Following along the approach of freezing roux, I would like to make some in bulk. I am also trying to do more batch cooking for freezing and making 8 quarts of mac and cheese ends up taking a lot of roux for the starter.

As such, is there a technique for creating quite a few cups of roux (ie. 6 cups) at a time?

Currently the most I have created per batch is about 4 tablespoons butter to 4 tablespoons flour (~1/2 cup), mixing with a fork (pretty tiring as I have no whisk). Obviously a whisk could just be necessary, but is there a thresh-hold where moving to an electric or mechanical tool might be more efficient?

2 Answers 2


There is no problem at all doing this. At a restaurant where I worked, we would make up a couple pounds of butter worth of roux at a time. The main thing you want to do is use a pan with a lot of surface area, so it cooks evenly. A whisk will work fine. You don't have to stir constantly, just frequently.

  • Sounds good, so basically just using a whisk at higher quantities will still work just fine? There's no point after which something mechanical/electric basically becomes necessary?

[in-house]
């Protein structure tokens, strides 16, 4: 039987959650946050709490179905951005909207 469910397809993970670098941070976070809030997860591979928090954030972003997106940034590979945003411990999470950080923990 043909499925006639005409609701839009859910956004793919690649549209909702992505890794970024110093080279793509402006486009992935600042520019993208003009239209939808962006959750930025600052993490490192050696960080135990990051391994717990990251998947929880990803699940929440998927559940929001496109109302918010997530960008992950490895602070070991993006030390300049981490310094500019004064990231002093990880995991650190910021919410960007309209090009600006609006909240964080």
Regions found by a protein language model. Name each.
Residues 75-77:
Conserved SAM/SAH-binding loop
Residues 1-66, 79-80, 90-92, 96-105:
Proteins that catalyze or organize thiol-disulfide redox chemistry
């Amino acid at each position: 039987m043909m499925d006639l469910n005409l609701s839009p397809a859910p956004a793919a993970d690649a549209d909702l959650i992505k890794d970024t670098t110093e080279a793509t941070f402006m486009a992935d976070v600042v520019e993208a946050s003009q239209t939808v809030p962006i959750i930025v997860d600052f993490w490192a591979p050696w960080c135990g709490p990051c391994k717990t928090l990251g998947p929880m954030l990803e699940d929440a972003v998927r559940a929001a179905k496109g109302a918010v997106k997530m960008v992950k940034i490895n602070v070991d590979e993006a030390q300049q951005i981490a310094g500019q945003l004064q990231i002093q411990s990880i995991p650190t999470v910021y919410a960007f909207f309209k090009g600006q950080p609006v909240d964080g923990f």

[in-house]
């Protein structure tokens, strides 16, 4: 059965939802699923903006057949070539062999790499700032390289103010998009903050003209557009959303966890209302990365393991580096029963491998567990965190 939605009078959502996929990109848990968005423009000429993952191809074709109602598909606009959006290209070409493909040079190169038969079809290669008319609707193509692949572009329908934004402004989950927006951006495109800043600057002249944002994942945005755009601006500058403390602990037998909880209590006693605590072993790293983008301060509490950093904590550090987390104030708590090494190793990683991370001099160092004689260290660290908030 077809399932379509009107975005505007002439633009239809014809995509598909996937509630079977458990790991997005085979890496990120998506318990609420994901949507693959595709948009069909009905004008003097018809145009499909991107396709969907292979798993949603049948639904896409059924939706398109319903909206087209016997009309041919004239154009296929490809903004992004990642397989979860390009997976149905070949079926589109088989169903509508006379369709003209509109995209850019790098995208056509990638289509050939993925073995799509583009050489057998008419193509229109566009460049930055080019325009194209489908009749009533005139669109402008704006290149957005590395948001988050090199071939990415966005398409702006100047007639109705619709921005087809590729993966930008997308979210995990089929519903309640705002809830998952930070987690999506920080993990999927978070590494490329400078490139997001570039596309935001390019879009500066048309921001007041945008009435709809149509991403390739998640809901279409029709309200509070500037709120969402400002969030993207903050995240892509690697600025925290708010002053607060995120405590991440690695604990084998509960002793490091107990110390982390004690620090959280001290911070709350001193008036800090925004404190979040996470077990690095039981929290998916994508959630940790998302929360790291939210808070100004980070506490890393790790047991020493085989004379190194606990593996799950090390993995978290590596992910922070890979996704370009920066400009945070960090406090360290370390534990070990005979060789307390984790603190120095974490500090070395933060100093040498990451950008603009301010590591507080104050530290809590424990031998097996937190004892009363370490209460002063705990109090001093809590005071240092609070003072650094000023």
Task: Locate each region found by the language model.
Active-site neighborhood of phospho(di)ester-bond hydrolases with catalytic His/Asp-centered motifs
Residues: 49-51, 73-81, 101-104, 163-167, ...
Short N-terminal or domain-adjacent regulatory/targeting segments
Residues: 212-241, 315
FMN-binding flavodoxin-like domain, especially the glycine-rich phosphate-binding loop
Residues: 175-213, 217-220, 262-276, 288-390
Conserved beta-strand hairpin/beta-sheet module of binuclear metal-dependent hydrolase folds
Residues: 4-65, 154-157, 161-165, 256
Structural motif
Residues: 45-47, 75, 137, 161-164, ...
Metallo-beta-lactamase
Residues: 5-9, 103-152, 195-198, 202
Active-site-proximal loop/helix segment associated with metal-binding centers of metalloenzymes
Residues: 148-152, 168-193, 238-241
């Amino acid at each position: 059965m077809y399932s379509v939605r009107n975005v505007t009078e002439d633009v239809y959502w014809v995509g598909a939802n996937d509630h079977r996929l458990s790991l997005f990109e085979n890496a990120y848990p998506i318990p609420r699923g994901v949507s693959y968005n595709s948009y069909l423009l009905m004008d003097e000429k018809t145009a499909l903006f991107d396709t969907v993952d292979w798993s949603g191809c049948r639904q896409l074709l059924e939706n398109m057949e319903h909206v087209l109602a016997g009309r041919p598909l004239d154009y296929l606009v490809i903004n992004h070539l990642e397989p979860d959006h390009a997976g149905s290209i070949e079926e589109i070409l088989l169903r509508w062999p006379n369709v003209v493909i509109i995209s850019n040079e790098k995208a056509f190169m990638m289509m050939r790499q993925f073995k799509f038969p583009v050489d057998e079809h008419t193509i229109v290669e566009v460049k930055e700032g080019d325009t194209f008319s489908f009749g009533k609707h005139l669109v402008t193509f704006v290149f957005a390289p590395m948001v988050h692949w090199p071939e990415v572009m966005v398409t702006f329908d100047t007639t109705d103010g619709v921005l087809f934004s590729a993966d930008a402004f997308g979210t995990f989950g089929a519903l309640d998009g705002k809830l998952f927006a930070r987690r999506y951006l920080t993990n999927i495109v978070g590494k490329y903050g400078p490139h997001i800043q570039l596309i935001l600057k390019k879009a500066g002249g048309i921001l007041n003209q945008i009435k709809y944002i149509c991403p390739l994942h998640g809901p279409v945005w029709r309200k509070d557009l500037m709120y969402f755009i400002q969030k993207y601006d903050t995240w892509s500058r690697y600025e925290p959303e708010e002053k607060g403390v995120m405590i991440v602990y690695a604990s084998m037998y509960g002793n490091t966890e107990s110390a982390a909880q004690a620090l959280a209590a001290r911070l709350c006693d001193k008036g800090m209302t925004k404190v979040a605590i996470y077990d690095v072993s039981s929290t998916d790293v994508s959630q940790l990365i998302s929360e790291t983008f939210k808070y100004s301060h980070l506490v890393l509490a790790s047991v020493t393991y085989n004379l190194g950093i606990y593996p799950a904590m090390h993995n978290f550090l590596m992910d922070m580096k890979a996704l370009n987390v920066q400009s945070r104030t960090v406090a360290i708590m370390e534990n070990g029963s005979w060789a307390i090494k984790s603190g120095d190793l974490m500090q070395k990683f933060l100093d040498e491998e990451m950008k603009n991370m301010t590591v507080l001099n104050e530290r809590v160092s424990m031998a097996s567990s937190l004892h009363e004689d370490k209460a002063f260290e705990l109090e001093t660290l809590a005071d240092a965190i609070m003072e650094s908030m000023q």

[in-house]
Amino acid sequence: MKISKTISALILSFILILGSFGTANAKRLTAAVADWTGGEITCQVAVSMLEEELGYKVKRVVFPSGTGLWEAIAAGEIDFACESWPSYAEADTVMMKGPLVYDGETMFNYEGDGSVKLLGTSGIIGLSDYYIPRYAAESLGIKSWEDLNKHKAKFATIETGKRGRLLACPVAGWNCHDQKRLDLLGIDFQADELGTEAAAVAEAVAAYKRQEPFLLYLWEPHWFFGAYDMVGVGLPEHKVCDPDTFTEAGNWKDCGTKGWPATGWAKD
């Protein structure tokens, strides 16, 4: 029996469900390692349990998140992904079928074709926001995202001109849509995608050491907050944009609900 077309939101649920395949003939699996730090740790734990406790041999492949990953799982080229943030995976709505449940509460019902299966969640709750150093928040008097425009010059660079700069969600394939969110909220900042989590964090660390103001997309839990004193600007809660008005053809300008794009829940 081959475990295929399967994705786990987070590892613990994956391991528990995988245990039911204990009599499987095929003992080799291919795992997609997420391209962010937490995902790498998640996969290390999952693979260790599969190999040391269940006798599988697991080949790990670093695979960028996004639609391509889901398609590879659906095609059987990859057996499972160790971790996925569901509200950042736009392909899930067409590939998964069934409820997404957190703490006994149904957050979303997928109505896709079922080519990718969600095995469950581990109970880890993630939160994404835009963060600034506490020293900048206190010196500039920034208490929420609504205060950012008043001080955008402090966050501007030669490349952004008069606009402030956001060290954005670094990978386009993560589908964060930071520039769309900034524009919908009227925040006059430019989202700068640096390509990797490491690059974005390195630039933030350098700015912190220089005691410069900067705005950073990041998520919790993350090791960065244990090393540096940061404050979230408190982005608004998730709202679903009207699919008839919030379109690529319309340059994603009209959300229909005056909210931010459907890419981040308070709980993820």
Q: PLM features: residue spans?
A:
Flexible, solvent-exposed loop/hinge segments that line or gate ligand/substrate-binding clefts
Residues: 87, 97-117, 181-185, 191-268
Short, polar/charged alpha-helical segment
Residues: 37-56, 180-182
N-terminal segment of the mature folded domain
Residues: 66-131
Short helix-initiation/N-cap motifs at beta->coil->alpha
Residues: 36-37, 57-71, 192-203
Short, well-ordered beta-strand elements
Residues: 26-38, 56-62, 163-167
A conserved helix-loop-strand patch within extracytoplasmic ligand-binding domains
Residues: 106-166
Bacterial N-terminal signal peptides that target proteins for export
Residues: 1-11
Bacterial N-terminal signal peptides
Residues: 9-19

– mfg
    Commented Dec 9, 2010 at 19:46
  • @mfg: I wouldn't think you'd need mechanical tools even for a really big one--it's not like any stage of roux is even as stiff as your average muffin batter.
    – bikeboy389
    Commented Dec 9, 2010 at 20:55
  • Hooray for not needing to buy random equipment. I guess I should replace that whisk I got rid of :)
    – mfg
    Commented Dec 9, 2010 at 21:07
  • 3
    Certainly up to any reasonable quantity you'd want to make at home. You know, if you want to make 1000 pounds of it, you might want a sterile cement mixer mounted over a set of blowtorches, but otherwise I think you'll be fine. Commented Dec 9, 2010 at 21:35

There's two issues here -- the initial roux, and then cooking the roux to the required color (eg, if you're trying to get to a dark roux for gumbo or similar)

Personally, for the initial combining, I like a wooden spatula, not a whisk. I can basically smush everything together into a paste, then sort of chop it up into smaller bits to spread it across the bottom of the pan to cook more evenly. (and I can get into the corners of my pans more easily when making sure I don't scorch it)

For cooking past a blonde state, I'd defer to Alton Brown, who on the gumbo episode of Good Eats recommended doing it in the oven, rather than the stovetop, so it'd cook more evenly, and not require the frequent stirring to make sure you didn't burn it.

  • 1
    Thanks, I didn't know you could bake roux but in one search I found a method using a cookie sheet or roasting pan to make 2-3 cups of flour and [variable amounts of oil] into roux. Perfect
    – mfg
    Commented Dec 10, 2010 at 13:32

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